https://www.barrons.com/articles/master ... gnInButton

“Invest in what you know.” Those five simple words from Peter Lynch helped launch a nation of stockpickers.

If we need to get better returns, what is the formula. Merry Christmas. Thanks
If you don’t buy a lottery ticket you will never win it. Also, you will never win it.
Index funds outperform 70% of their actively managed counterparts every year, and the 30% that beat them are different every year. I call that a win.
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Re: If You Only Invest in an Index, You’ll Never Beat It

Post by Call_Me_Op » Sat Dec 28, 2019 8:19 am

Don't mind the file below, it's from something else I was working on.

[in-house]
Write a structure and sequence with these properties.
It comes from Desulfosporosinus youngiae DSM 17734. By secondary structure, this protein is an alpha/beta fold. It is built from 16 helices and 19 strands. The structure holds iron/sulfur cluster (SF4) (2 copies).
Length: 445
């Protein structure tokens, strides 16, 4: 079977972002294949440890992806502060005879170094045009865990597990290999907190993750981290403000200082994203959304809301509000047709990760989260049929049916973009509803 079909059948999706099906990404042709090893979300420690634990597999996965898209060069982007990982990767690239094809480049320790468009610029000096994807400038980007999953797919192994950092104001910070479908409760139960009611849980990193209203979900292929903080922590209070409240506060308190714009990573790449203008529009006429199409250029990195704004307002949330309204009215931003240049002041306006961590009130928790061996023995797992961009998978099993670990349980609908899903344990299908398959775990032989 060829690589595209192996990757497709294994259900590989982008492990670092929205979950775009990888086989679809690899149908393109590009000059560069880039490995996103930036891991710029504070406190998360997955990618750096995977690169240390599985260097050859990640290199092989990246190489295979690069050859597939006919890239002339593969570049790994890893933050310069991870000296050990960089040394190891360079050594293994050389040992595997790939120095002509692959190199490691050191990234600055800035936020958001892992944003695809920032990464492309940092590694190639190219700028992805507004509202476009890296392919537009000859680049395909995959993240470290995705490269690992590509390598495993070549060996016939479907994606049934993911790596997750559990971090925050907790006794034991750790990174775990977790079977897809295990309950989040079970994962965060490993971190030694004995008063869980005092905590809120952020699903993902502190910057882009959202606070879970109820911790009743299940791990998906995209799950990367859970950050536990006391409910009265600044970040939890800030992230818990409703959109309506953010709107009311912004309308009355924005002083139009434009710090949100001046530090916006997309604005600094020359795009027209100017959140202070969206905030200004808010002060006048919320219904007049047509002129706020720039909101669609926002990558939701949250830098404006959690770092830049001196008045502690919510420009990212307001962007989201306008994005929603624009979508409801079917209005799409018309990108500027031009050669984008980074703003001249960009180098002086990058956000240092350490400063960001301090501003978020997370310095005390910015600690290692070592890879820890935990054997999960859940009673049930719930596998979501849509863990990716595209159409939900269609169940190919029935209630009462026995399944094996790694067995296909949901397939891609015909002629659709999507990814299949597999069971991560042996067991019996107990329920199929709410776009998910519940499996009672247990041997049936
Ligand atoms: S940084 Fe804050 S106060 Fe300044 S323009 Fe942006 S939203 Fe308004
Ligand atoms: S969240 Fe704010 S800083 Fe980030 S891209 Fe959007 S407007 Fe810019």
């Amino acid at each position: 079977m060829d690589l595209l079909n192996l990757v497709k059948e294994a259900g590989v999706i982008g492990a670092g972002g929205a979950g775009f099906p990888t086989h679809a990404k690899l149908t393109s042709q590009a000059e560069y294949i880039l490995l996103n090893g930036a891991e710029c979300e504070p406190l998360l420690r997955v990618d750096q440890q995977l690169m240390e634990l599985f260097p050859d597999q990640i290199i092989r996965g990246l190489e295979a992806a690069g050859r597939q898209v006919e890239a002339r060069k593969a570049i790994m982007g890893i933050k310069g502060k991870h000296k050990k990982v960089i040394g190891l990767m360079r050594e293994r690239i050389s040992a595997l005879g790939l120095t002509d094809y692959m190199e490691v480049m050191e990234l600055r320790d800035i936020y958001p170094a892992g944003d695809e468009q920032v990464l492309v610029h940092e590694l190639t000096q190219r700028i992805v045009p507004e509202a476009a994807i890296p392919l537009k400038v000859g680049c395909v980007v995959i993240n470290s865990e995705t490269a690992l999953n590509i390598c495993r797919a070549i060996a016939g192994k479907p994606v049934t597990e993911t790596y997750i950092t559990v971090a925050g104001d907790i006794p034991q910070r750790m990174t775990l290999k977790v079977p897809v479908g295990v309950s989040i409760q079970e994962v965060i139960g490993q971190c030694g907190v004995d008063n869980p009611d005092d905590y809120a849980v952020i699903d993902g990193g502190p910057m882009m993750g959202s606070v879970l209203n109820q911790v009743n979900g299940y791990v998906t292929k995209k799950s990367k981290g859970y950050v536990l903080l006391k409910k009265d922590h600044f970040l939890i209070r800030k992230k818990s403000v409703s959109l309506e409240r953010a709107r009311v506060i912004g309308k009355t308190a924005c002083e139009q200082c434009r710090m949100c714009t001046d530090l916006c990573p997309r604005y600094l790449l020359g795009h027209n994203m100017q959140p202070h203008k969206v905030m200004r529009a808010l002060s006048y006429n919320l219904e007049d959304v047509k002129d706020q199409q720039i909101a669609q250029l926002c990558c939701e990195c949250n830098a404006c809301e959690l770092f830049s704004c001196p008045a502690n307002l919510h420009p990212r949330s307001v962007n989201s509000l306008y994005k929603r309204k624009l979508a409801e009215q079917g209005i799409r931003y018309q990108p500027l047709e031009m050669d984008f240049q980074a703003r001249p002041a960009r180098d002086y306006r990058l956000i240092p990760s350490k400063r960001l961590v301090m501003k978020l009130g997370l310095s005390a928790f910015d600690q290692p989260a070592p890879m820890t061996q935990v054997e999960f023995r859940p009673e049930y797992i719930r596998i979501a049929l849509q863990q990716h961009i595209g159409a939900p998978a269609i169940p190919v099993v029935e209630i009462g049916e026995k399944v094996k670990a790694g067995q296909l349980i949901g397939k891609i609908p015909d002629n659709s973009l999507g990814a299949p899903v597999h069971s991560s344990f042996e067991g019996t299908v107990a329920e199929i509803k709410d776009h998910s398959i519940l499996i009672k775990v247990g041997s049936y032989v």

Fortune wrote:
Tue Dec 24, 2019 7:44 pm
Barron's has an interesting article in their 12/20/2019 edition: Master Stockpicker Peter Lynch: If You Only Invest in an Index, You’ll Never Beat It
https://www.barrons.com/articles/master ... gnInButton

“Invest in what you know.” Those five simple words from Peter Lynch helped launch a nation of stockpickers.

If we need to get better returns, what is the formula. Merry Christmas. Thanks
Let's finish the sentence: "If you invest in an index, you'll never beat it, BUT YOU ARE LIKELY TO BEAT THE VAST MAJORITY OF OTHER INVESTORS."
Best regards, -Op | | "In the middle of difficulty lies opportunity." Einstein

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Re: If You Only Invest in an Index, You’ll Never Beat It

Post by Nate79 » Sat Dec 28, 2019 8:40 am

Lots of Bogleheads are trying to beat the indexes. They hold active funds, they invest in the 3x index strategy, they do small cap value tilts, etc. All of these strategies are to try and beat (in some way) the performance of the S&P500 or TSM index.